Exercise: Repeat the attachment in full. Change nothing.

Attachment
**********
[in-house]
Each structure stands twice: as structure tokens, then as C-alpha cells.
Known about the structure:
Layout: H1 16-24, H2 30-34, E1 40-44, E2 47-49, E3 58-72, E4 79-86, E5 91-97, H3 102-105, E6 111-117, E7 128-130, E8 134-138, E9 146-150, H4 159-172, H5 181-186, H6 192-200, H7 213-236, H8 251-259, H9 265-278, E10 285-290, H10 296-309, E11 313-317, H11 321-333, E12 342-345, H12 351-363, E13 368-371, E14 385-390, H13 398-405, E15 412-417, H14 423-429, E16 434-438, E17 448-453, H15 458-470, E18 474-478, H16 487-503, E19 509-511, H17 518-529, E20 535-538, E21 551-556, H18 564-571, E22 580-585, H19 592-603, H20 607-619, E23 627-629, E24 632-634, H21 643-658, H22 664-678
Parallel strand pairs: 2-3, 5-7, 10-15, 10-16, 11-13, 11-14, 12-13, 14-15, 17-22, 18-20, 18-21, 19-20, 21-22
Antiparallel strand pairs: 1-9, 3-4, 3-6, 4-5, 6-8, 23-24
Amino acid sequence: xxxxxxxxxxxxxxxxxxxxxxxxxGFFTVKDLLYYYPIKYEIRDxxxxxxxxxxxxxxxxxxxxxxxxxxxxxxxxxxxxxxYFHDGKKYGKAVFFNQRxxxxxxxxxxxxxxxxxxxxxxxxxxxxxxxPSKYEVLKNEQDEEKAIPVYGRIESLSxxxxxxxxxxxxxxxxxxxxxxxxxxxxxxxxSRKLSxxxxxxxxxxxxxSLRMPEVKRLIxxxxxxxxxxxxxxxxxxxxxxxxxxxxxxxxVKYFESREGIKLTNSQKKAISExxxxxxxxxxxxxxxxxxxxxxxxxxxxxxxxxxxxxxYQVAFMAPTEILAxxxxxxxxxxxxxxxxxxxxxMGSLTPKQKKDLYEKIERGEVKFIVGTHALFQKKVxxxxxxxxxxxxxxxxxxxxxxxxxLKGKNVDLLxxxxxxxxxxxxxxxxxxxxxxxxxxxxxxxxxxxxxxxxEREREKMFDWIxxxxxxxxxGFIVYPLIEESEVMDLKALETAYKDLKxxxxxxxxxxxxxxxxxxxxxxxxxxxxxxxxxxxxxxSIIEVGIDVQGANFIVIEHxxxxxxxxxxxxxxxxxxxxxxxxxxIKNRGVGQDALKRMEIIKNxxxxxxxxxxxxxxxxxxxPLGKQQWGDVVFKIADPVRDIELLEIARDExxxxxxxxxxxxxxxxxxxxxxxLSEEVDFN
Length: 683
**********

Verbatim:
[in-house]
Each structure stands twice: as structure tokens, then as C-alpha cells.
Known about the structure:
Layout: H1 16-24, H2 30-34, E1 40-44, E2 47-49, E3 58-72, E4 79-86, E5 91-97, H3 102-105, E6 111-117, E7 128-130, E8 134-138, E9 146-150, H4 159-172, H5 181-186, H6 192-200, H7 213-236, H8 251-259, H9 265-278, E10 285-290, H10 296-309, E11 313-317, H11 321-333, E12 342-345, H12 351-363, E13 368-371, E14 385-390, H13 398-405, E15 412-417, H14 423-429, E16 434-438, E17 448-453, H15 458-470, E18 474-478, H16 487-503, E19 509-511, H17 518-529, E20 535-538, E21 551-556, H18 564-571, E22 580-585, H19 592-603, H20 607-619, E23 627-629, E24 632-634, H21 643-658, H22 664-678
Parallel strand pairs: 2-3, 5-7, 10-15, 10-16, 11-13, 11-14, 12-13, 14-15, 17-22, 18-20, 18-21, 19-20, 21-22
Antiparallel strand pairs: 1-9, 3-4, 3-6, 4-5, 6-8, 23-24
Amino acid sequence: xxxxxxxxxxxxxxxxxxxxxxxxxGFFTVKDLLYYYPIKYEIRDxxxxxxxxxxxxxxxxxxxxxxxxxxxxxxxxxxxxxxYFHDGKKYGKAVFFNQRxxxxxxxxxxxxxxxxxxxxxxxxxxxxxxxPSKYEVLKNEQDEEKAIPVYGRIESLSxxxxxxxxxxxxxxxxxxxxxxxxxxxxxxxxSRKLSxxxxxxxxxxxxxSLRMPEVKRLIxxxxxxxxxxxxxxxxxxxxxxxxxxxxxxxxVKYFESREGIKLTNSQKKAISExxxxxxxxxxxxxxxxxxxxxxxxxxxxxxxxxxxxxxYQVAFMAPTEILAxxxxxxxxxxxxxxxxxxxxxMGSLTPKQKKDLYEKIERGEVKFIVGTHALFQKKVxxxxxxxxxxxxxxxxxxxxxxxxxLKGKNVDLLxxxxxxxxxxxxxxxxxxxxxxxxxxxxxxxxxxxxxxxxEREREKMFDWIxxxxxxxxxGFIVYPLIEESEVMDLKALETAYKDLKxxxxxxxxxxxxxxxxxxxxxxxxxxxxxxxxxxxxxxSIIEVGIDVQGANFIVIEHxxxxxxxxxxxxxxxxxxxxxxxxxxIKNRGVGQDALKRMEIIKNxxxxxxxxxxxxxxxxxxxPLGKQQWGDVVFKIADPVRDIELLEIARDExxxxxxxxxxxxxxxxxxxxxxxLSEEVDFN
Length: 683